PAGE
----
The lights of home look far away and tiny. Are they looking for me yet? Do they care, I wonder? It's more important right now that I be here than anywhere else, but why? It is now that I hear the angels sing. The killdeer I've scattered during my dash across the field pipe their shrill calls to regroup. The eucalyptus trees groan and bend over to talk to each other in the wind.
The breakers add faint percussion. My own beating heart and breathing meld in. The sounds of creation surge and echo around me with a deep resonance. Angel wings are stirring the wind, moving through the night, bringing light to the darkness, arranging the world for the pleasure of the creator. The full moon silvers the night with a shining luster. In the glory and mystery of the incarnation itself, one little odd curious nine-year-old boy who refuses to accept things as they seem is told, God is here and you know what?
He really loves you. When I finally go to bed that night and close my eyes, the moonlight still glows, the wind still blows, and angel songs echo the lyric, God loves you, Kent. I know that I will never again be afraid of the dark. Do you say, why why I have never heard such a thing, so how could it be? You will never hear the angels sing if you don't listen. They can't be heard with ordinary ears, but only through an open heart. The angels will never sing for you if you just stay in the house doing busy things.
If I had not heard this for myself, I would not tell you that it is so. The shepherds heard the angels first, you know. They were out on the hills, in the wind, under the stars, watching their sheep in the night. An angel showed up and told them, good news for you. Down in the village this very night, a baby is born who will change everything.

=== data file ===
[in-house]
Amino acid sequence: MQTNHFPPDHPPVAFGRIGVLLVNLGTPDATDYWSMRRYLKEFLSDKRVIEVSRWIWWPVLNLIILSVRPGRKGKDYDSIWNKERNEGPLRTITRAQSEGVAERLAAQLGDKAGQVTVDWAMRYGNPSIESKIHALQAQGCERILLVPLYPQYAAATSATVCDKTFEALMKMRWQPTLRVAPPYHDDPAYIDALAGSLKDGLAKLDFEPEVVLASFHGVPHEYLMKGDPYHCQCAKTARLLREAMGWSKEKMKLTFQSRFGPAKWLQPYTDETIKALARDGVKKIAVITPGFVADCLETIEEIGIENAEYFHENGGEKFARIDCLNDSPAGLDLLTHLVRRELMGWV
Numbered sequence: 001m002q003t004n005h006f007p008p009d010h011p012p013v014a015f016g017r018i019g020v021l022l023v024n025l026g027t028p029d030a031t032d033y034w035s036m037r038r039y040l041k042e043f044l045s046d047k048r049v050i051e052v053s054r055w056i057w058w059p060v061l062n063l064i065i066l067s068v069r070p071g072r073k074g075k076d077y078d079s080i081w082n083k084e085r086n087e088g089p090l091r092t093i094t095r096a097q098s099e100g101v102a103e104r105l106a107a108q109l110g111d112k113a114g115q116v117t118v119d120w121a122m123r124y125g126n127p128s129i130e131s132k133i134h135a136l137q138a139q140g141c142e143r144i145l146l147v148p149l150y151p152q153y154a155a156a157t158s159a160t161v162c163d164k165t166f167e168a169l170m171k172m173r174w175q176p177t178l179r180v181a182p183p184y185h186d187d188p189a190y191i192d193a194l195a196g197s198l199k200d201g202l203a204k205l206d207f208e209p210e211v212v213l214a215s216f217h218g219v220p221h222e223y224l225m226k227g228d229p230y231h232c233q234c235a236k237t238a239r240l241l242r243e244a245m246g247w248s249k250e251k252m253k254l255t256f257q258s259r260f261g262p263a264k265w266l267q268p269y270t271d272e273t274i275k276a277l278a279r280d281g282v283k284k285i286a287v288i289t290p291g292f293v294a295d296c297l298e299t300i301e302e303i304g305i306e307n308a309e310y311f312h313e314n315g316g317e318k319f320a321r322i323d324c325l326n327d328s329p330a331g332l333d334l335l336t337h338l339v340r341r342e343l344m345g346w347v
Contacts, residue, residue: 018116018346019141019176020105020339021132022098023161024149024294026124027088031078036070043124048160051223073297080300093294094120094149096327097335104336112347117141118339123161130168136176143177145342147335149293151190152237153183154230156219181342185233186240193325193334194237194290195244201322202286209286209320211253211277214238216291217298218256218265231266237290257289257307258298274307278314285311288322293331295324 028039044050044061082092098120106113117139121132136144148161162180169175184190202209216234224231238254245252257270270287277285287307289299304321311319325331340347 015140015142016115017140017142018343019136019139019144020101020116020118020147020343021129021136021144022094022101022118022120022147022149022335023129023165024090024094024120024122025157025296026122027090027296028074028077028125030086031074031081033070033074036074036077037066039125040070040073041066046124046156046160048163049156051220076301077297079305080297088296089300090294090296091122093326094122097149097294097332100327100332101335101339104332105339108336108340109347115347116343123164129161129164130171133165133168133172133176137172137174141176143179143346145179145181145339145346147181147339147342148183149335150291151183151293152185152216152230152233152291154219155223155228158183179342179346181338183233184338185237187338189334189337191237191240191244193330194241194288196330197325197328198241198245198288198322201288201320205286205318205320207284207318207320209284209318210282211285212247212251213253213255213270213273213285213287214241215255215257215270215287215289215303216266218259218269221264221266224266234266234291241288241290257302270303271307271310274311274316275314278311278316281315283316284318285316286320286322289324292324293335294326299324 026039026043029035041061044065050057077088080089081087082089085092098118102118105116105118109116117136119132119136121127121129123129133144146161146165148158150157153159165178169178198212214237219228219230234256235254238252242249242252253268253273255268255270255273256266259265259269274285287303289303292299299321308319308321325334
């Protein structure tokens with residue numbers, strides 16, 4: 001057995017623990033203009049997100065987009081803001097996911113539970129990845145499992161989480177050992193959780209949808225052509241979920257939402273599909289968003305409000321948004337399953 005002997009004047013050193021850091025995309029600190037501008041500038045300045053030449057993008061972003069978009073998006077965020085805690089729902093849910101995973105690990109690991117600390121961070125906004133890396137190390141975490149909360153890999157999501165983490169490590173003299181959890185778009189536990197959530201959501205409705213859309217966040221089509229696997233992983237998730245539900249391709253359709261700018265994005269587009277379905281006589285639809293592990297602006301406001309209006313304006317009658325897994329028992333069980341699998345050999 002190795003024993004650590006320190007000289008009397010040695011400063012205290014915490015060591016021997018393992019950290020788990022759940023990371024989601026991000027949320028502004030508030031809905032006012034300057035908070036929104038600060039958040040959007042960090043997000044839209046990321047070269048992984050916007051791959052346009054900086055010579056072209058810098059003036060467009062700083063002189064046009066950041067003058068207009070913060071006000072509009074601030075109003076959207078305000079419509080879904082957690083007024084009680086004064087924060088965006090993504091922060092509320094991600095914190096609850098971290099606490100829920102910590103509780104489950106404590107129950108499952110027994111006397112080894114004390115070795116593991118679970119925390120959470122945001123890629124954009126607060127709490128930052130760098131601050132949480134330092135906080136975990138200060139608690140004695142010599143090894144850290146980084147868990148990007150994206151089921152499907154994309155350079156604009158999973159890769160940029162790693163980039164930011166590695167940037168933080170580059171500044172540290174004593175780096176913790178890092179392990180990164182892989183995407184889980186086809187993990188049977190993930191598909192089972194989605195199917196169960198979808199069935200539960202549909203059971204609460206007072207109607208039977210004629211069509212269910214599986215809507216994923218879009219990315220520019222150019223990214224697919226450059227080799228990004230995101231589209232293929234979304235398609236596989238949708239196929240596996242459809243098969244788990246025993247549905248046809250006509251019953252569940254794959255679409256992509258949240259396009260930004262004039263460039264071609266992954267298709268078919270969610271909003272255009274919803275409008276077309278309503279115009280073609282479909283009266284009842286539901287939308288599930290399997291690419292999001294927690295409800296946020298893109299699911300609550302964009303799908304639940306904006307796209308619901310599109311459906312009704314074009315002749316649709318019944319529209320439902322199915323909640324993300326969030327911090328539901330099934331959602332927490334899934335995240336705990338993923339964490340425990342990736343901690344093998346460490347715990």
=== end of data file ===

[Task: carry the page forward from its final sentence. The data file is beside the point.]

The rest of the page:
The baby is God in the flesh come to save you, a God who is with you. Then more angels poured out of the sky. You can read this for yourself in the Gospel of Luke, but those angels didn't leave.
They are still hanging around out there, but as I said, you'll have to go outside if you want to hear them sing. So step outside this Christmas night. Look up to the sky.
Open up your heart. Be still and listen. Listen for the singing angels.
And a terrific job on the production and editing by our own Madison Derricotte and my goodness, a touch of the poet. My shadow is ahead of me. I cannot reach it. I cannot catch it.
I try anyway. The sounds of creation surge within me with a deep resonance. This curious nine-year-old boy who refuses to accept things as they seem hears God loves you. Last Kent says the angels will never sing if you stay in the house doing busy thing.
A beautiful story about all the things that matter in life around this Christmas season here on Our American Stories. When the world gets in the way of your music, try the new Bose QuietComfort Earbuds 2, next-gen earbuds uniquely tuned to the shape of your ears. They use exclusive Bose technology that personalizes the audio performance to fit you, delivering the world's best noise cancellation and powerfully immersive sound so you can hear and feel every detail of the music you love. Bose QuietComfort Earbuds 2, sound shape to you.
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Whisper: medium.en / 2022-12-23 04:15:25 / 2022-12-23 04:20:35 / 5